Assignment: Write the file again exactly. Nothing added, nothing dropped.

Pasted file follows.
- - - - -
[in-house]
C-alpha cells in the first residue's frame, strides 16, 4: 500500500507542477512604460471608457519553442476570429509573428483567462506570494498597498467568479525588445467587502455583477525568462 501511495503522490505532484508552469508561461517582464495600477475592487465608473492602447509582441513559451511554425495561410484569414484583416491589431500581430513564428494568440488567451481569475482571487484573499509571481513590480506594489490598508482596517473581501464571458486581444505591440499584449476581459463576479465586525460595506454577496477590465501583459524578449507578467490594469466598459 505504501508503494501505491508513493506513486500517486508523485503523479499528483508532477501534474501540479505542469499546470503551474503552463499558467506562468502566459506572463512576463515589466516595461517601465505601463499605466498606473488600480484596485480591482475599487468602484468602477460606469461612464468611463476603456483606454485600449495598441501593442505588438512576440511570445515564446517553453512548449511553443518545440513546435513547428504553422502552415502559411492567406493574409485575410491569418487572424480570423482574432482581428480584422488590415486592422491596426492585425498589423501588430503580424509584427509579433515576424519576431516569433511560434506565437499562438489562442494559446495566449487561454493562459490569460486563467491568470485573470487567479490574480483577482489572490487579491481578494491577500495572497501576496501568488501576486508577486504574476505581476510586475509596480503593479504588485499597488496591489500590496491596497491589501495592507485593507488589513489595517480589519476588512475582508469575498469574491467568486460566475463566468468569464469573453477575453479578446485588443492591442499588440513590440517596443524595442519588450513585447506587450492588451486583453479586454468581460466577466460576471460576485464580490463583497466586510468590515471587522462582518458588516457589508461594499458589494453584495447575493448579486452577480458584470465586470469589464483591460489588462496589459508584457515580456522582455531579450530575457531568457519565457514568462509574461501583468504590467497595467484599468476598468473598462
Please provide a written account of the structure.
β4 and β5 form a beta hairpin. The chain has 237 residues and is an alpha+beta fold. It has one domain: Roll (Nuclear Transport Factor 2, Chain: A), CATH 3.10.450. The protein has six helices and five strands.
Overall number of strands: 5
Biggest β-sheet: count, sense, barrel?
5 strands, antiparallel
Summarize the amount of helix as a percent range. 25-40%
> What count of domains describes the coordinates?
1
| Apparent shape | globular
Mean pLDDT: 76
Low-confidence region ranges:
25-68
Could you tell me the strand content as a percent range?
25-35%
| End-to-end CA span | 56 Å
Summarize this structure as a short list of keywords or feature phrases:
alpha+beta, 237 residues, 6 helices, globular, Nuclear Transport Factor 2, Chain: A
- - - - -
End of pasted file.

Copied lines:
[in-house]
C-alpha cells in the first residue's frame, strides 16, 4: 500500500507542477512604460471608457519553442476570429509573428483567462506570494498597498467568479525588445467587502455583477525568462 501511495503522490505532484508552469508561461517582464495600477475592487465608473492602447509582441513559451511554425495561410484569414484583416491589431500581430513564428494568440488567451481569475482571487484573499509571481513590480506594489490598508482596517473581501464571458486581444505591440499584449476581459463576479465586525460595506454577496477590465501583459524578449507578467490594469466598459 505504501508503494501505491508513493506513486500517486508523485503523479499528483508532477501534474501540479505542469499546470503551474503552463499558467506562468502566459506572463512576463515589466516595461517601465505601463499605466498606473488600480484596485480591482475599487468602484468602477460606469461612464468611463476603456483606454485600449495598441501593442505588438512576440511570445515564446517553453512548449511553443518545440513546435513547428504553422502552415502559411492567406493574409485575410491569418487572424480570423482574432482581428480584422488590415486592422491596426492585425498589423501588430503580424509584427509579433515576424519576431516569433511560434506565437499562438489562442494559446495566449487561454493562459490569460486563467491568470485573470487567479490574480483577482489572490487579491481578494491577500495572497501576496501568488501576486508577486504574476505581476510586475509596480503593479504588485499597488496591489500590496491596497491589501495592507485593507488589513489595517480589519476588512475582508469575498469574491467568486460566475463566468468569464469573453477575453479578446485588443492591442499588440513590440517596443524595442519588450513585447506587450492588451486583453479586454468581460466577466460576471460576485464580490463583497466586510468590515471587522462582518458588516457589508461594499458589494453584495447575493448579486452577480458584470465586470469589464483591460489588462496589459508584457515580456522582455531579450530575457531568457519565457514568462509574461501583468504590467497595467484599468476598468473598462
Please provide a written account of the structure.
β4 and β5 form a beta hairpin. The chain has 237 residues and is an alpha+beta fold. It has one domain: Roll (Nuclear Transport Factor 2, Chain: A), CATH 3.10.450. The protein has six helices and five strands.
Overall number of strands: 5
Biggest β-sheet: count, sense, barrel?
5 strands, antiparallel
Summarize the amount of helix as a percent range. 25-40%
> What count of domains describes the coordinates?
1
| Apparent shape | globular
Mean pLDDT: 76
Low-confidence region ranges:
25-68
Could you tell me the strand content as a percent range?
25-35%
| End-to-end CA span | 56 Å
Summarize this structure as a short list of keywords or feature phrases:
alpha+beta, 237 residues, 6 helices, globular, Nuclear Transport Factor 2, Chain: A